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Saturday, November 6, 2010

WSJ: "Sprint Excludes Chinese Companies…"

Yesterday's Wall Street Journal carried a story about Sprint excluding two Chinese companies (Huawei and ZTE) from bidding on a multi-billion-dollar contract "largely because of security concerns." I commented on my experience, having just analyzed a month of error logs on my Linux server, and stated that I figured we were already in a cyber war with China. Lots of other people commented on the story, too (as of this writing, comments number 127). One poor guy with a Chinese surname was taking on everybody, sometimes quite emotionally. And in return, the crowd literally dog piled on him (sorry, it's the Year of the Tiger, not the Year of the Dog).

He attacked me as well, and I withheld the urge to reply in kind, choosing instead to stay civil and make my case. To his remarkable credit, he apologized for lumping me in with "the wrong camp."

Given the polarization of comments attacking (and in support) of China, you might want to go the WSJ story and click on the comments tab, just so you can see the strong emotions on both sides of the question. The discussion was far from civil in too many cases. Taken in their aggregate, the comments ironically build a case for legalization of my cyber privateer doctrine. Rather than pointing fingers as to who is doing what to whom (and working everybody into a state of war), legitimate cyber privateers with well-defined rules of engagement could do what governments cannot possibly achieve: bring order to this new world order.

I've previously quoted sci-fi author John Ringo who in turn quoted Ronald Reagan that there will never be a unified world government without an alien invasion. I now formally postulate that Reagan was wrong. We do have a unified world government: the Internet. Unfortunately, that government is teetering on anarchy and self destruction. "The Law" must be articulated, and a Monroe Doctrine-like line in the sand must be drawn, along with clearly stated rules for "hot pursuit", backed up with Letters of Marque and Reprisal granted to licensed and bonded cyber privateers. This could save us all the inconvenience of having to shut down the complete Internet infrastructure until it can be properly rebuilt. We just need one government somewhere to legalize this approach. Australia? Switzerland? In my opinion, they will become the de facto capital of this new unified world government of the Internet. Bigger than China. Even bigger than the good old U S of A.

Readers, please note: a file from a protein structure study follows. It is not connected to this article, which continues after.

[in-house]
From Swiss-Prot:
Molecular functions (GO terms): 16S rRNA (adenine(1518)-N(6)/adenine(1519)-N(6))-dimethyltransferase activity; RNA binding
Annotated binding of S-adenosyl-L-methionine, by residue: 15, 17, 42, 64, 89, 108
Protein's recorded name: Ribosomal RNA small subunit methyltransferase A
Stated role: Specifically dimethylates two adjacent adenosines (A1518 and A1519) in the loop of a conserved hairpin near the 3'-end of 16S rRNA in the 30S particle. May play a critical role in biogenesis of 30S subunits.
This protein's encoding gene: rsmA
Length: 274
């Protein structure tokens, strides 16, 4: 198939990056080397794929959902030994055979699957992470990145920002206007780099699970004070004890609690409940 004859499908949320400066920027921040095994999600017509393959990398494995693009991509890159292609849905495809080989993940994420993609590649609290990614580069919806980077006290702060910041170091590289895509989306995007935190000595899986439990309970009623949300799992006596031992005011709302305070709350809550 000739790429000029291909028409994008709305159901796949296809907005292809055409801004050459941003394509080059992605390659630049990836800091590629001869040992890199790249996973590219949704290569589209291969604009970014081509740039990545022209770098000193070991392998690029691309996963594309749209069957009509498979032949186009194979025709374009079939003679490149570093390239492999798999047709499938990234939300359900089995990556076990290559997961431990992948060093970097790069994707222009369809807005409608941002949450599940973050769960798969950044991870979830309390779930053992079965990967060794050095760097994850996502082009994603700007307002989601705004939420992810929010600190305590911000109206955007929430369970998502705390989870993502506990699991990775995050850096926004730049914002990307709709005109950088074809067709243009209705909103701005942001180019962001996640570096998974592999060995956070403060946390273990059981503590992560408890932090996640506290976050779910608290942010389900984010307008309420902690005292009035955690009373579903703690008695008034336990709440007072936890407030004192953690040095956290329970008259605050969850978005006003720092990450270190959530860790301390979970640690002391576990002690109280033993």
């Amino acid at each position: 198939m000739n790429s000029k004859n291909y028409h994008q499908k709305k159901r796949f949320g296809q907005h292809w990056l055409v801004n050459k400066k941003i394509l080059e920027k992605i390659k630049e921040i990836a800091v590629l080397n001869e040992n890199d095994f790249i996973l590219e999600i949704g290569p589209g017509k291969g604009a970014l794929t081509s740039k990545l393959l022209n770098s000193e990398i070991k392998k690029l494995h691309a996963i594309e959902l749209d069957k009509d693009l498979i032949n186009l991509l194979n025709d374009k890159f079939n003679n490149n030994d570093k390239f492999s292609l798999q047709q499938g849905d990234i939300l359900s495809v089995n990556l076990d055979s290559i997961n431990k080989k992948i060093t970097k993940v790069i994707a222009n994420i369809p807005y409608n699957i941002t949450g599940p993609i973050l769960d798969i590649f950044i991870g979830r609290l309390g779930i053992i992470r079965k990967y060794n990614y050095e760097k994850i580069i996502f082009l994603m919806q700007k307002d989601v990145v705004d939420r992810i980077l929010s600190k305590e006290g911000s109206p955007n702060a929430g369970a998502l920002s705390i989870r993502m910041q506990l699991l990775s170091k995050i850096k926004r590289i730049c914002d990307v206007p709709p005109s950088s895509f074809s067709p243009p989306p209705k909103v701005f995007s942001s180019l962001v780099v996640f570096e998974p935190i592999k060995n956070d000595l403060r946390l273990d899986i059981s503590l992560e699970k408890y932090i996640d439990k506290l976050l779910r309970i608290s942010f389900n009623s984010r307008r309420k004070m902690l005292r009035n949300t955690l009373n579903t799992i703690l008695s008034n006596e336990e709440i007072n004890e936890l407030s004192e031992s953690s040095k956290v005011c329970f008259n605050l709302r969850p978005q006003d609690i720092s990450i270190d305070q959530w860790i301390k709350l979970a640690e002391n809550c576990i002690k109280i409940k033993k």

I make my living in cyberspace. Appropriately, this is the Chinese "Year of the Tiger," and we're all riding one. Further, we can't get off. At least I can't. Were the plug to get pulled, I'd have to go knock over liquor stores every Saturday night. Speaking of which, tonight is Saturday night.

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Implementation suggestions for THE MORGAN DOCTRINE are most welcome. What are the "Got'chas!"? What questions would some future Cyber Privateering Czar have to answer about this in a Senate confirmation hearing?